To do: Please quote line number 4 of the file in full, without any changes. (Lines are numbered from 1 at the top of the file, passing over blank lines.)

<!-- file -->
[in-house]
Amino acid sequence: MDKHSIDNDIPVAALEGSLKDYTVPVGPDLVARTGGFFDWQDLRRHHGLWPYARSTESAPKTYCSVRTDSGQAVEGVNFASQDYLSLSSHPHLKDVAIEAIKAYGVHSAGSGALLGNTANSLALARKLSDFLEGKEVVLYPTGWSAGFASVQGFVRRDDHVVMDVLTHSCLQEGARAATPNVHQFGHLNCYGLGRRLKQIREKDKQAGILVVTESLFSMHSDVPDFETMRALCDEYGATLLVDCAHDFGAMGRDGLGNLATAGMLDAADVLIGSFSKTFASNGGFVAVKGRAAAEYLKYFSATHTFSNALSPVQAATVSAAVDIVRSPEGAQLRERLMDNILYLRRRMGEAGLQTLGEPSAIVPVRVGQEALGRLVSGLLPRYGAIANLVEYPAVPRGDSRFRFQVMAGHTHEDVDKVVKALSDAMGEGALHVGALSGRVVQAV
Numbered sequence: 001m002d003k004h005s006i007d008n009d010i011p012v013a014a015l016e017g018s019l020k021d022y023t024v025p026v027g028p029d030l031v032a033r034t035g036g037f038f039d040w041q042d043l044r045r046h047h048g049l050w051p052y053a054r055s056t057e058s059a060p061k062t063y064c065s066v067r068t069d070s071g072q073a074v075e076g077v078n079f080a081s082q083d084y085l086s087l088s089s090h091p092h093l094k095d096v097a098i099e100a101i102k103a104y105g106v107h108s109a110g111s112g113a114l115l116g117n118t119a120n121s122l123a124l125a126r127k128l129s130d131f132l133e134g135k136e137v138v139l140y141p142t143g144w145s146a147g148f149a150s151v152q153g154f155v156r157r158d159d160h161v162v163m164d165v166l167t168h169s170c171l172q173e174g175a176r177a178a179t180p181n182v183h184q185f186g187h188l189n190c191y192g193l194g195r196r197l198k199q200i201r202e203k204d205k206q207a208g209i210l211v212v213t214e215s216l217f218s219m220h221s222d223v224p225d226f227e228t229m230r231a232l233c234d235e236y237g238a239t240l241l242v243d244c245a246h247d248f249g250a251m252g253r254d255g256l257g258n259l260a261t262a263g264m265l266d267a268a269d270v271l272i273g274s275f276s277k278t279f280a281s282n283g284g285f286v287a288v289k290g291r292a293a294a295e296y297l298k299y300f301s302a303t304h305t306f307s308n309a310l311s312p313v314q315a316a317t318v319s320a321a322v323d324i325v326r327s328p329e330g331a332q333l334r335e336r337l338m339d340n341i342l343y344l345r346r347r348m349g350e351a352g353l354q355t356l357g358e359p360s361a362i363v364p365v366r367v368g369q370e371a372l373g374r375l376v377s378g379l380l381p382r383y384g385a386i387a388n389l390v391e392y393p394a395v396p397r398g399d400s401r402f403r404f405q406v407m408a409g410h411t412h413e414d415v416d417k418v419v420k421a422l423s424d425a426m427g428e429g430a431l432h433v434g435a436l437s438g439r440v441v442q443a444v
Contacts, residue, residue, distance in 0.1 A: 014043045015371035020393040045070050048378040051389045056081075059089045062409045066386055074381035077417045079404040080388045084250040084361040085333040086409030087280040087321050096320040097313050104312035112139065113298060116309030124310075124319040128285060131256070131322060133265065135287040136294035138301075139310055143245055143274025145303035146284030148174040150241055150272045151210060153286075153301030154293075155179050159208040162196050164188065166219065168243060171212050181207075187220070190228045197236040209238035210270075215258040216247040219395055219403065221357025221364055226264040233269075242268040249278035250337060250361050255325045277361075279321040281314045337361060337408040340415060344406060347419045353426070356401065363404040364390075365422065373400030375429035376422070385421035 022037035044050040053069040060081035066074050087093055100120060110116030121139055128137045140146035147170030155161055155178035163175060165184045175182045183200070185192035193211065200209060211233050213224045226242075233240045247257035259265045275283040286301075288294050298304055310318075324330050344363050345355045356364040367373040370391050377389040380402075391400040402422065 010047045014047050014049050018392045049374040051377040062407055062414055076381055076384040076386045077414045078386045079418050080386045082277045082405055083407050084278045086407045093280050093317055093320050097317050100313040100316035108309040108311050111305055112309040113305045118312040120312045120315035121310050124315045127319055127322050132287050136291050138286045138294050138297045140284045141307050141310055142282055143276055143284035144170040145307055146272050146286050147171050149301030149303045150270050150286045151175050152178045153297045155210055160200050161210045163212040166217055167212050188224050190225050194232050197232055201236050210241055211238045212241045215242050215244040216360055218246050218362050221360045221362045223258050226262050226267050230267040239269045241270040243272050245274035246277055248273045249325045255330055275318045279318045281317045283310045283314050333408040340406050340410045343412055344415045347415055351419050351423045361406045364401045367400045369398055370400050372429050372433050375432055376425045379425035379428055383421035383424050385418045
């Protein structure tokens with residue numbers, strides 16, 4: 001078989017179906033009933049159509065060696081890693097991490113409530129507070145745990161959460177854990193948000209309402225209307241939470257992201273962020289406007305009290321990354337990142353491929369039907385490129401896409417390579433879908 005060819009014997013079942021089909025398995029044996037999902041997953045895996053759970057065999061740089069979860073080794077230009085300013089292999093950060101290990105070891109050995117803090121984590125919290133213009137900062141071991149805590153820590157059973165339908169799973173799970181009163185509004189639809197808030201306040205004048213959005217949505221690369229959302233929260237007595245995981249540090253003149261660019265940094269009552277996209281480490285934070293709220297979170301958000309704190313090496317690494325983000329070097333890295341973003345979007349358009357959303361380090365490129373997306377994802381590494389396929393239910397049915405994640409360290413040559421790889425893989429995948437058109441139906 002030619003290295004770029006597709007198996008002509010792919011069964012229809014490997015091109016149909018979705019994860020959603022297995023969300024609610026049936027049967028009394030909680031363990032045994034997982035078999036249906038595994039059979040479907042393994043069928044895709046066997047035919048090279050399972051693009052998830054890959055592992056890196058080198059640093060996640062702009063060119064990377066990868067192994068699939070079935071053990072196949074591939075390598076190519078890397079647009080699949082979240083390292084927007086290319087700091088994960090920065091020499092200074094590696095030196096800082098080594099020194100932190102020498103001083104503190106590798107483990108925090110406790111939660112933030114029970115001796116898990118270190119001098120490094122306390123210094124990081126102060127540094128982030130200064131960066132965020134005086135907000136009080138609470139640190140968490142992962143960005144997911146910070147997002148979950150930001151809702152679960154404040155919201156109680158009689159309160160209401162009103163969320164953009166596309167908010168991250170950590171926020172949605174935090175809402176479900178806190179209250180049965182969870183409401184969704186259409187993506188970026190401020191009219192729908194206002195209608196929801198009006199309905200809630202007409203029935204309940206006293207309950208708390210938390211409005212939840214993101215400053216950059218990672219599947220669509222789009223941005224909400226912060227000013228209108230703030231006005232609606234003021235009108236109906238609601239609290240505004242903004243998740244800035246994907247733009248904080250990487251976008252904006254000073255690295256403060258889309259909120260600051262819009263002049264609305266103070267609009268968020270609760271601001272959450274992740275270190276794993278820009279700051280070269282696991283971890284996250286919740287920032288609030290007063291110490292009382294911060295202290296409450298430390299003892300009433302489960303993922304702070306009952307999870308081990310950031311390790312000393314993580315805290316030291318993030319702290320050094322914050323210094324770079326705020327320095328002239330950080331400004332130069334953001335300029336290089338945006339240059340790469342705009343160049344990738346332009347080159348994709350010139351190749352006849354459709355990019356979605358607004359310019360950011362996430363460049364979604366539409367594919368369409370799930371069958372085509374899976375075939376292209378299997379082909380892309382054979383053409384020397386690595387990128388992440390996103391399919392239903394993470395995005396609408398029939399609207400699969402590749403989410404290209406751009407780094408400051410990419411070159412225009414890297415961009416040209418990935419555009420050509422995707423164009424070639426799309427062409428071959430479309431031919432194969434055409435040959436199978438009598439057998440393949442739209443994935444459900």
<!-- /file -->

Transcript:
Contacts, residue, residue, distance in 0.1 A: 014043045015371035020393040045070050048378040051389045056081075059089045062409045066386055074381035077417045079404040080388045084250040084361040085333040086409030087280040087321050096320040097313050104312035112139065113298060116309030124310075124319040128285060131256070131322060133265065135287040136294035138301075139310055143245055143274025145303035146284030148174040150241055150272045151210060153286075153301030154293075155179050159208040162196050164188065166219065168243060171212050181207075187220070190228045197236040209238035210270075215258040216247040219395055219403065221357025221364055226264040233269075242268040249278035250337060250361050255325045277361075279321040281314045337361060337408040340415060344406060347419045353426070356401065363404040364390075365422065373400030375429035376422070385421035 022037035044050040053069040060081035066074050087093055100120060110116030121139055128137045140146035147170030155161055155178035163175060165184045175182045183200070185192035193211065200209060211233050213224045226242075233240045247257035259265045275283040286301075288294050298304055310318075324330050344363050345355045356364040367373040370391050377389040380402075391400040402422065 010047045014047050014049050018392045049374040051377040062407055062414055076381055076384040076386045077414045078386045079418050080386045082277045082405055083407050084278045086407045093280050093317055093320050097317050100313040100316035108309040108311050111305055112309040113305045118312040120312045120315035121310050124315045127319055127322050132287050136291050138286045138294050138297045140284045141307050141310055142282055143276055143284035144170040145307055146272050146286050147171050149301030149303045150270050150286045151175050152178045153297045155210055160200050161210045163212040166217055167212050188224050190225050194232050197232055201236050210241055211238045212241045215242050215244040216360055218246050218362050221360045221362045223258050226262050226267050230267040239269045241270040243272050245274035246277055248273045249325045255330055275318045279318045281317045283310045283314050333408040340406050340410045343412055344415045347415055351419050351423045361406045364401045367400045369398055370400050372429050372433050375432055376425045379425035379428055383421035383424050385418045